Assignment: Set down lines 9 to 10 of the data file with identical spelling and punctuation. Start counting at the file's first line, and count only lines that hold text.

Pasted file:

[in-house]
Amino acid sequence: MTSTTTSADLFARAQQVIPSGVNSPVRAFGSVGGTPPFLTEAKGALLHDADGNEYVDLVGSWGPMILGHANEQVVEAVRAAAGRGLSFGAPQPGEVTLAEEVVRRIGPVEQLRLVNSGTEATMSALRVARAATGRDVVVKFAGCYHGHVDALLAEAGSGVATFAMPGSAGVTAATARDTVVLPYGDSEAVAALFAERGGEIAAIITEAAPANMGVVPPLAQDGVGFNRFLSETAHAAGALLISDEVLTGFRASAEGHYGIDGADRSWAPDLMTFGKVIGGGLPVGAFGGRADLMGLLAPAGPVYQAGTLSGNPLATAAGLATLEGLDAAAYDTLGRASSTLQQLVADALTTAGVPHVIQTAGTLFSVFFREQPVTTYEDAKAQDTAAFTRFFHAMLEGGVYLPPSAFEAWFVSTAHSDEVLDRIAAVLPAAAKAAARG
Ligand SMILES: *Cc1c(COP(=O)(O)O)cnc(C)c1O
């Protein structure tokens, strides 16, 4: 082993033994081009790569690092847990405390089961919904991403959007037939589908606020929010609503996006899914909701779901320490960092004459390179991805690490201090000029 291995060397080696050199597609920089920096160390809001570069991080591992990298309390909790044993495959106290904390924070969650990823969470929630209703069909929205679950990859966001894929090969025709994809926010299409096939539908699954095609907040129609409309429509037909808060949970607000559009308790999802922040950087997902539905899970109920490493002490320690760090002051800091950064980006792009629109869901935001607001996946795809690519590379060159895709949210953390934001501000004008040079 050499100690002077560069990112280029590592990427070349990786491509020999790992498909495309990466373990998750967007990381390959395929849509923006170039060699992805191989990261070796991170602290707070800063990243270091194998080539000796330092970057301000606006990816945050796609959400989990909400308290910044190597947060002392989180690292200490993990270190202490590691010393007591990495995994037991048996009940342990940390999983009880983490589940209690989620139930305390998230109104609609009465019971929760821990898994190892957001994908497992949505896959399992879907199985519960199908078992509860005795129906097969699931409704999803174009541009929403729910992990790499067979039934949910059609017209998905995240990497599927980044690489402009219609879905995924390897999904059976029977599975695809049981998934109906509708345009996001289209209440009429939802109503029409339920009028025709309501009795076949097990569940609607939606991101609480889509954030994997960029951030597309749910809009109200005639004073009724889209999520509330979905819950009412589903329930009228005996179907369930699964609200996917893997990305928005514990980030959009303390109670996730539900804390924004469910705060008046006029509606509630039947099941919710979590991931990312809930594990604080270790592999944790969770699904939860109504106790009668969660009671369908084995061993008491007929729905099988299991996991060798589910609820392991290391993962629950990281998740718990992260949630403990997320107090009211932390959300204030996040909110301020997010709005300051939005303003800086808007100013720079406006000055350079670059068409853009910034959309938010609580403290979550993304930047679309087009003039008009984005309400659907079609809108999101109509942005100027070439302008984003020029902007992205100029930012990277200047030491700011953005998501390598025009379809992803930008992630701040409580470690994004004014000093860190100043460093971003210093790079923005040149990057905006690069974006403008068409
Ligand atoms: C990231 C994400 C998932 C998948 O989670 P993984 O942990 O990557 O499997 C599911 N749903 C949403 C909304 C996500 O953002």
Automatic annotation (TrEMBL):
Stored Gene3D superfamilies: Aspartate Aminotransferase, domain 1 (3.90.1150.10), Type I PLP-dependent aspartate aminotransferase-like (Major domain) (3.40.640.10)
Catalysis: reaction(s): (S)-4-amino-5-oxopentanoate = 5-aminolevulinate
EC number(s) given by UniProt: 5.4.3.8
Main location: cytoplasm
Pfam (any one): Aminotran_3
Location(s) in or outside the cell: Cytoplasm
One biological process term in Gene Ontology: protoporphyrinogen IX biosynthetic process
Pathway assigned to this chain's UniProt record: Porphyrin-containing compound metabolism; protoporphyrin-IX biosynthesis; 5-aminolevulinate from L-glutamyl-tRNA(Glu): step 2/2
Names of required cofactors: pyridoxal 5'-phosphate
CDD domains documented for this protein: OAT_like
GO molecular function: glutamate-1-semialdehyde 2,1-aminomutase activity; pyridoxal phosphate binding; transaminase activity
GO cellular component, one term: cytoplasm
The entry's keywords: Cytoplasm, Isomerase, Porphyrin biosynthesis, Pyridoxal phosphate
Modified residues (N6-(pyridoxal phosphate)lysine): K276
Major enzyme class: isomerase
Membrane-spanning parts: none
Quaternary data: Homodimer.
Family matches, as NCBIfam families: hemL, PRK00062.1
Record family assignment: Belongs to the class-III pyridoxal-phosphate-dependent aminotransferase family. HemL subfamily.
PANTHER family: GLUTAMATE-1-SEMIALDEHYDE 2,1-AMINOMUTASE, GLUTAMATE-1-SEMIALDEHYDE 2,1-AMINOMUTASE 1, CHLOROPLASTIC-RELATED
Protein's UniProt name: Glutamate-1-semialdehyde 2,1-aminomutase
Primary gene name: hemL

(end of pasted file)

EC number(s) given by UniProt: 5.4.3.8
Main location: cytoplasm